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2-Year vs. 4-Year Veterinarian Degree: Which One Is Right for Me?

A veterinary technician and technologist is basically a veterinarian’s nurse. They provide invaluable support for a vet and are an important member of the veterinary team. Some of the responsibilities of a vet tech in a companion animal practice include: obtaining and recording patient histories during a physical examination, preparing animals for surgery, assisting in diagnostic and medical procedures, performing dental procedures, advising and educating animal owners, and preparing and sterilizing surgical instruments and equipment. The traditional career of a veterinary technician is working in a small animal, large animal or mixed animal practice. Specialties have emerged in this field however, and there are more options to choose from these days. There are clinics specializing in ophthalmics, orthopedics, dermatology, equines, and emergency medicine, to name a few. Other areas they may work in besides an animal practice are: biomedical facilities, diagnostic laboratories, wildlife facilities, humane societies, pharmaceutical companies, and food safety inspection organizations.

According to the US Bureau of Labor, the job outlook for veterinary technicians and technologist is very bright. Employment in this field is expected to grow 36 percent by the year 2018. Job opportunities are expected to come from the need to replace technicians leaving the occupation and the limited number of qualified technicians and technologists graduating from 2-year and 4-year degree programs. The output is not expected to meet the demand over the next 6 years. Pet owners are also becoming more willing to pay for veterinary care because they feel their animal is part of the family. The median annual salary for vet technicians and technologists is $28,900 with the top 10 percent earning more than $41,490 per year.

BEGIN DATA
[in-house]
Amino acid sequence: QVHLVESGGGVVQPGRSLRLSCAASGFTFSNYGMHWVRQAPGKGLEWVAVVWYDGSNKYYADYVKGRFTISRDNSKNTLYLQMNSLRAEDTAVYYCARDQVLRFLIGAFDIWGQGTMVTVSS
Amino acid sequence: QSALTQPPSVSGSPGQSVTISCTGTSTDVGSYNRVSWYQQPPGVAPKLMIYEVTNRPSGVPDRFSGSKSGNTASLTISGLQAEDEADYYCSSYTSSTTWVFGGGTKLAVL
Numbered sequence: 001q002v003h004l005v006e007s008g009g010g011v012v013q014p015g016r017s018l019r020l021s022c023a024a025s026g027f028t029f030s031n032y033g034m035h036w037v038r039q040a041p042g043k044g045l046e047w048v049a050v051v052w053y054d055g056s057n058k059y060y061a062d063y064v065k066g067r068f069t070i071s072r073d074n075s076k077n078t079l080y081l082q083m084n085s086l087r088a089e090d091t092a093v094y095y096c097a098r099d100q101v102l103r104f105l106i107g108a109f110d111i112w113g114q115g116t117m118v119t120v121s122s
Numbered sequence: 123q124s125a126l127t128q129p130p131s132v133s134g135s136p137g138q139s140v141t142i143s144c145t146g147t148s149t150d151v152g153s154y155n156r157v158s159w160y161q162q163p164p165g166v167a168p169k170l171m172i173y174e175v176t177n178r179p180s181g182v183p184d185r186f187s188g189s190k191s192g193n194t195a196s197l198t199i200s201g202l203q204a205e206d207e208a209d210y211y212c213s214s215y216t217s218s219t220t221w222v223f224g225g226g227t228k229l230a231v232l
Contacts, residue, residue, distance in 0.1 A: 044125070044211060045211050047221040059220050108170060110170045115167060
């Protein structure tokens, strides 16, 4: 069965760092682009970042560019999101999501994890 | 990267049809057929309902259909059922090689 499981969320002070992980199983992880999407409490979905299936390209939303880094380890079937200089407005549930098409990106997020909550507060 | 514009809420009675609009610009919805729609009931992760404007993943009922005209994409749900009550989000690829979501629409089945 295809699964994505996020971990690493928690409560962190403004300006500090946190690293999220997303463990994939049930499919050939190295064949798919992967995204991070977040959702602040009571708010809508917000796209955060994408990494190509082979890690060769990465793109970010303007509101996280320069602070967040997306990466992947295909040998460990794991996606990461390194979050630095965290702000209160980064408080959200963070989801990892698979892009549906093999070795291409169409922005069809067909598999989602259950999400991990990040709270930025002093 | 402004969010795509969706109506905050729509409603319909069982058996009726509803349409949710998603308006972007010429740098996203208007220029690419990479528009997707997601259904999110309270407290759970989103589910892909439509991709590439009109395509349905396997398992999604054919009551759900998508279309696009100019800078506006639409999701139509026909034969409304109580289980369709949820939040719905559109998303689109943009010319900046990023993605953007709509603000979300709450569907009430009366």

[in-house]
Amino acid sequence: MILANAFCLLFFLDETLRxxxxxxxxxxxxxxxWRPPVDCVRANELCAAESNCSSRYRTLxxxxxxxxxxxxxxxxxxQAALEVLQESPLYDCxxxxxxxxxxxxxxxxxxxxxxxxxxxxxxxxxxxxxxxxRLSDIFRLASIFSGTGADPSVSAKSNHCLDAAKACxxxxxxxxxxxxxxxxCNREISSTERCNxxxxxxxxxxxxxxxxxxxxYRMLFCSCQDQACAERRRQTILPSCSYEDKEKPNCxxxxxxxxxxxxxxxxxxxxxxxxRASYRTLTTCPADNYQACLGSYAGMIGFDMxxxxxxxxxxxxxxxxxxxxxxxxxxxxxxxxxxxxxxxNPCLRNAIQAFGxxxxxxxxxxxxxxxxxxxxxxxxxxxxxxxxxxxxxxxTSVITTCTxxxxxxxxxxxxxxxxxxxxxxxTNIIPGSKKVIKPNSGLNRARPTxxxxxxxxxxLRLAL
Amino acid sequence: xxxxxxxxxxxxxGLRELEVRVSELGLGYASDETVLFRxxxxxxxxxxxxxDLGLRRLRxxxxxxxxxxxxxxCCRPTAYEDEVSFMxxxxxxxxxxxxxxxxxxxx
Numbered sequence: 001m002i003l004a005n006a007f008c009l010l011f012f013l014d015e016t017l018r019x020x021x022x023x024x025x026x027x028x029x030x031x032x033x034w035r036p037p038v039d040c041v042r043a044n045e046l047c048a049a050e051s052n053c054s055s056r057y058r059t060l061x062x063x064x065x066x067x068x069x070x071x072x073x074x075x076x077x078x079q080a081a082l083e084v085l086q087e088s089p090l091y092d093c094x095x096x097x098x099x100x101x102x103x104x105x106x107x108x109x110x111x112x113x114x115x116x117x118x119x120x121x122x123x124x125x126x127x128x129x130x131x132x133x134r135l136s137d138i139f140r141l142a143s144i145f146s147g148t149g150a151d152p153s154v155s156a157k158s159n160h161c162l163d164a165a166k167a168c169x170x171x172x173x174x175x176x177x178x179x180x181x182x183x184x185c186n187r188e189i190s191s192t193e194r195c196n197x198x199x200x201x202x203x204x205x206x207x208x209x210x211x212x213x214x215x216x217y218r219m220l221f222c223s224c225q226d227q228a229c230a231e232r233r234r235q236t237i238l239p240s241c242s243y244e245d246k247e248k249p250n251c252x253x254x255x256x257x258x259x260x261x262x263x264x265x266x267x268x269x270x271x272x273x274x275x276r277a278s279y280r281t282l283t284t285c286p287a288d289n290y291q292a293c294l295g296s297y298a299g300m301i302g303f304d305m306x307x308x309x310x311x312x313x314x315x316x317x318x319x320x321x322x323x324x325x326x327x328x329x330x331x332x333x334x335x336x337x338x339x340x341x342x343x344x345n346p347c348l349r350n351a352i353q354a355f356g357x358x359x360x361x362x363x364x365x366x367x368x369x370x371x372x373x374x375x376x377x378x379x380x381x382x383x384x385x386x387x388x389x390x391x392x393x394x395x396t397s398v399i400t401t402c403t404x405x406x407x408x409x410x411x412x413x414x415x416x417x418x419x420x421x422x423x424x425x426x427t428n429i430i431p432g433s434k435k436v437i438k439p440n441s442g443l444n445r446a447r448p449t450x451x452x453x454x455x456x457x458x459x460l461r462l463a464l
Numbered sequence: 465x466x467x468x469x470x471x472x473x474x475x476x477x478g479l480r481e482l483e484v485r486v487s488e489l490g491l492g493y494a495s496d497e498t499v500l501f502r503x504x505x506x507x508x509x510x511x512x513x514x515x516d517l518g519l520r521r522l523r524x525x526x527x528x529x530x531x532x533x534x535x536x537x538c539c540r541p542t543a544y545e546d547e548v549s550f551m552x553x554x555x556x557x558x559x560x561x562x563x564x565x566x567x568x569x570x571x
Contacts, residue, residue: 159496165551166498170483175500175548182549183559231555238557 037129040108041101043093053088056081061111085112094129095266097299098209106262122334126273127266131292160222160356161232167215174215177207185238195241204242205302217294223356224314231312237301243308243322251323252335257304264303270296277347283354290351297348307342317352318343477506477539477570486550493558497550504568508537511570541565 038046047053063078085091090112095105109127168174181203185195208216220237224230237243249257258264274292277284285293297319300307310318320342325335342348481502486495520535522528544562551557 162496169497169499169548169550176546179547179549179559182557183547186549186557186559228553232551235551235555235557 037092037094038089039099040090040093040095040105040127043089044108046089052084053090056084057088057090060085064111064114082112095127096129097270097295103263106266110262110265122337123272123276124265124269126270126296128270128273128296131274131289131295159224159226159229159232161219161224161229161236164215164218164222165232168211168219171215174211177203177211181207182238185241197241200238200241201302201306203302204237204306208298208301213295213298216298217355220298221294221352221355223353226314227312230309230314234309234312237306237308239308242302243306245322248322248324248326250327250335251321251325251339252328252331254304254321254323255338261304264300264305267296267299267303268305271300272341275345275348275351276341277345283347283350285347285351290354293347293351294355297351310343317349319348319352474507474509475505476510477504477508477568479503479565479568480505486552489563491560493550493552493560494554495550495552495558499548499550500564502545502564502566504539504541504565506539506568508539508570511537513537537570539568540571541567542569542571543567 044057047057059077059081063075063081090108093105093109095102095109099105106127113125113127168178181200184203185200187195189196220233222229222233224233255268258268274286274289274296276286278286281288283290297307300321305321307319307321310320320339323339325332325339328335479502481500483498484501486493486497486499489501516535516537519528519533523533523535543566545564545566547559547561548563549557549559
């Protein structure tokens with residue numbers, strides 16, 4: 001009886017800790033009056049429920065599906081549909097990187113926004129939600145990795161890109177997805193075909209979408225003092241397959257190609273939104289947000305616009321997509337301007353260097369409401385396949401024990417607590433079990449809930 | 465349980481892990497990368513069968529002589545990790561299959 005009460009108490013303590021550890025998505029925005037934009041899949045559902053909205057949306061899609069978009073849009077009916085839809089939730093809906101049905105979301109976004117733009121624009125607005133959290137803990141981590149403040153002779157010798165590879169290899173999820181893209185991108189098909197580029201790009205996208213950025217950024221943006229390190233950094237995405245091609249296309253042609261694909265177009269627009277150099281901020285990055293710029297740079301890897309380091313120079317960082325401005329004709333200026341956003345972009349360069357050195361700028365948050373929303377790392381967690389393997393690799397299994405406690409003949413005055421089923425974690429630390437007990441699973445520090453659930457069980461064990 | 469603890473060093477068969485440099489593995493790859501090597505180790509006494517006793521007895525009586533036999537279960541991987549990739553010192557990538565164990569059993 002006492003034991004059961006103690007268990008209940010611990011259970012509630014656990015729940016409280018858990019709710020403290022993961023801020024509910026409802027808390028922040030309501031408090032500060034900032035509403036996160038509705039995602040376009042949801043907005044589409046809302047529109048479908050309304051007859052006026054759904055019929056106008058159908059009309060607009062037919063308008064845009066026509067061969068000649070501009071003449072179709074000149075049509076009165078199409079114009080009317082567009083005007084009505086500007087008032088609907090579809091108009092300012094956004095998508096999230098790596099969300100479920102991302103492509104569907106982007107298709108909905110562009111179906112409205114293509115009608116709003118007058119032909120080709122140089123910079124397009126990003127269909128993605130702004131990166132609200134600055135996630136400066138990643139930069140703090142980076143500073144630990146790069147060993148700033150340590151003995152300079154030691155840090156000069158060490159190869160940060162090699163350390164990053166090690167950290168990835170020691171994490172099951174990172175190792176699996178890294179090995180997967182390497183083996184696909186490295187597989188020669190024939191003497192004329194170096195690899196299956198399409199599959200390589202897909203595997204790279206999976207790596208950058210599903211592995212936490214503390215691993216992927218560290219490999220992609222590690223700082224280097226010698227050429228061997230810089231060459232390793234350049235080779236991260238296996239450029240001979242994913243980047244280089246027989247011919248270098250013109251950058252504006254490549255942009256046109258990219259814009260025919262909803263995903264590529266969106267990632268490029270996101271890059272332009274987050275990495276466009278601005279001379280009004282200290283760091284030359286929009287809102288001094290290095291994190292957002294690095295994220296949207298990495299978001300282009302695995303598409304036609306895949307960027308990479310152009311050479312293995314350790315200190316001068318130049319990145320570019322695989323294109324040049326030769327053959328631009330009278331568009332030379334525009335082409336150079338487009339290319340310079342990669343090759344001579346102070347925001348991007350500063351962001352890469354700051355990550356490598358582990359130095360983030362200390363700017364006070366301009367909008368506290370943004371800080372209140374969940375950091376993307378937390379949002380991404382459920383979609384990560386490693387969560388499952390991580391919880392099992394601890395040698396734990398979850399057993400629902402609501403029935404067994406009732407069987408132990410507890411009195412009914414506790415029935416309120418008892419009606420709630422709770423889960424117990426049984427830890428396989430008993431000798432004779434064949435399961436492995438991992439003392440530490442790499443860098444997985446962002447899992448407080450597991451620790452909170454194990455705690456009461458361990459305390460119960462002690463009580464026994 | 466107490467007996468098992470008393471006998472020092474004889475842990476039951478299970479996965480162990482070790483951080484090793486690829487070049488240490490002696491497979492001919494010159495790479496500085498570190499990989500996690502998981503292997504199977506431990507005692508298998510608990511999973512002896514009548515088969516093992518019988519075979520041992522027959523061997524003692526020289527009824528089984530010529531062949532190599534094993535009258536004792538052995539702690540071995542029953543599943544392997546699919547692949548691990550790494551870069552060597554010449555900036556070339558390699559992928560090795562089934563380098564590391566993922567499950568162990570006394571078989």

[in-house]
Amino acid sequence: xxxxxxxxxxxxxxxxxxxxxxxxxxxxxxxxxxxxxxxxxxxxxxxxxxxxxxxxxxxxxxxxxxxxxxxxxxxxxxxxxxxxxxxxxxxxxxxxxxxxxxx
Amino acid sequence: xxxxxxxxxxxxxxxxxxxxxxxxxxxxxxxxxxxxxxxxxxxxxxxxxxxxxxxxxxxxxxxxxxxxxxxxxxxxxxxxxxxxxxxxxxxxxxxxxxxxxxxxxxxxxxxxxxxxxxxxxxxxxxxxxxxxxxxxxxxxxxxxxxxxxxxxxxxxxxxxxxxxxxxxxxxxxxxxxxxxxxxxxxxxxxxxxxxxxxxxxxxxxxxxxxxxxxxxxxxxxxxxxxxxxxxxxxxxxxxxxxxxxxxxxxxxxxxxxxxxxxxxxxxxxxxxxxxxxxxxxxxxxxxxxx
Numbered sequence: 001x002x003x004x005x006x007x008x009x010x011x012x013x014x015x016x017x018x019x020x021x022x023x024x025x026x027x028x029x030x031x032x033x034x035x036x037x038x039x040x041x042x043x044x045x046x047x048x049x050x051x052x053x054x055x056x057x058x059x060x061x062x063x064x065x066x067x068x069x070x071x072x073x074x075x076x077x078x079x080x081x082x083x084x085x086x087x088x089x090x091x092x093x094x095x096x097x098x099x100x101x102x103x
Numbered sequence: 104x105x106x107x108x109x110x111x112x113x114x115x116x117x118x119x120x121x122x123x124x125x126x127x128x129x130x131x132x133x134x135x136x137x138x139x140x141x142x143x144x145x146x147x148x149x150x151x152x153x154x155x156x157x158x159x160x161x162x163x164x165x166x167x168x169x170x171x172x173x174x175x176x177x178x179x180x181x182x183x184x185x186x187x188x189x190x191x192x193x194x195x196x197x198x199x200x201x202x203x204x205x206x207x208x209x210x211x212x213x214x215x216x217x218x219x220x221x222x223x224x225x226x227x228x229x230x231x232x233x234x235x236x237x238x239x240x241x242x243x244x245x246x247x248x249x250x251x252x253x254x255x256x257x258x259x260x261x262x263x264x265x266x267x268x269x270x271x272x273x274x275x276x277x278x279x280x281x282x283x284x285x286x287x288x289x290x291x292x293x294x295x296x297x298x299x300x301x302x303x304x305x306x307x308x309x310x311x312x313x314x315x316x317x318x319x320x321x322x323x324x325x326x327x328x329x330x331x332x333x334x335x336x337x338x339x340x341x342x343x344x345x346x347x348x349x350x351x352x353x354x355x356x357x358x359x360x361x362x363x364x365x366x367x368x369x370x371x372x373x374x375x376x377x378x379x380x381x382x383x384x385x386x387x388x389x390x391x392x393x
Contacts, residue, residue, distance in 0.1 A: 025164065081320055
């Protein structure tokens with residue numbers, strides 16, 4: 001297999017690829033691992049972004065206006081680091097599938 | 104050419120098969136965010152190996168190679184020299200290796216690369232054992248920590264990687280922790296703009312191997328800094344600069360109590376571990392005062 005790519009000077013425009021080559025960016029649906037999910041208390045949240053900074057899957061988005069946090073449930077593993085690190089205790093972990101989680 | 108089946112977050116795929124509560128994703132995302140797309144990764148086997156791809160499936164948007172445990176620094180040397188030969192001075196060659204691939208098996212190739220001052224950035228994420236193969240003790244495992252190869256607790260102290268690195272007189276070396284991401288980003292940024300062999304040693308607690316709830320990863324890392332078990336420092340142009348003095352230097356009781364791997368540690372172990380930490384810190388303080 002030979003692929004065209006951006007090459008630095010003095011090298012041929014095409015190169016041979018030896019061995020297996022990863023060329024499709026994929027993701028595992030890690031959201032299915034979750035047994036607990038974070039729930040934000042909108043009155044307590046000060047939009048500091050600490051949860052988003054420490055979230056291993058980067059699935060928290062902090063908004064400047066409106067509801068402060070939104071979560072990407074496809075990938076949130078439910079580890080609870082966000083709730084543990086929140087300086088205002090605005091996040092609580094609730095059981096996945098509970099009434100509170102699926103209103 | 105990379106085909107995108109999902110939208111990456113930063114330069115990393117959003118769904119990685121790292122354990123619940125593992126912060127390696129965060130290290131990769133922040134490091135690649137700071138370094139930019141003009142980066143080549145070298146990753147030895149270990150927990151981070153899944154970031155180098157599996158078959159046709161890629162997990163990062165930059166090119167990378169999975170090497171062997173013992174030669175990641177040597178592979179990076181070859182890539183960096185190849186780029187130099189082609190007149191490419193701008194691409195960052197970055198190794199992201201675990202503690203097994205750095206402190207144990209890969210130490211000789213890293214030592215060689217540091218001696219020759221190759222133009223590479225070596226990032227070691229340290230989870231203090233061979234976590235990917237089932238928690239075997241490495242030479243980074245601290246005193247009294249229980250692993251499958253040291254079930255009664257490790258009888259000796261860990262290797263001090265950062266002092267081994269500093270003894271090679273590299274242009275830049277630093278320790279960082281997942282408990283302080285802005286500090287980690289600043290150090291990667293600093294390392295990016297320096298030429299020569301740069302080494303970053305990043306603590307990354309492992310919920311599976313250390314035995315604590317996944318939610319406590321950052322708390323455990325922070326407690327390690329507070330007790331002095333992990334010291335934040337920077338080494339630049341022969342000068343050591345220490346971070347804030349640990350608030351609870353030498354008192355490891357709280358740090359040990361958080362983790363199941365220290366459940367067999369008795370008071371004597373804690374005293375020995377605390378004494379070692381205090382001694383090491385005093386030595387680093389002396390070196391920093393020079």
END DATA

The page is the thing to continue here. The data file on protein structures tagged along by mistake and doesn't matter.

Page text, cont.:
The question you might be asking is, “what is the difference between a 2-year degree and a 4-year degree, and which one is right for me?”. The number of 2-year degree programs offering an associate’s degree has grown to about 170 programs. Small class sizes though, lead to less than 3,800 graduates per year from 2-year programs. Graduates from a 2-year degree program usually obtain their Associate in Science degree in Veterinary Technology. Graduates with an associate’s degree are considered to be a “technician”. The number of 4-year degree programs offering a bachelor’s degree is only 21. There are only about 500 graduates per year from 4-year veterinary technology programs. Students who have a Bachelor of Science in Veterinary technology are considered to be “technologists”. Technologists will have better opportunities for research jobs in a variety of industries. Graduates having their bachelor’s degree will have an advantage over those jobseekers only having an associate’s degree and will be able to demand a higher salary. Having a bachelor’s degree is also a positive if you ever feel the desire to change career paths.

Whether you decide to pursue a 2-year degree or a 4-year degree the school you choose should be accredited by the American Veterinary Medical Association (AVMA). Programs accredited by the AVMA Committee on Veterinary Technician Education and Activities (CVTEA) can be found on the AVMA website.

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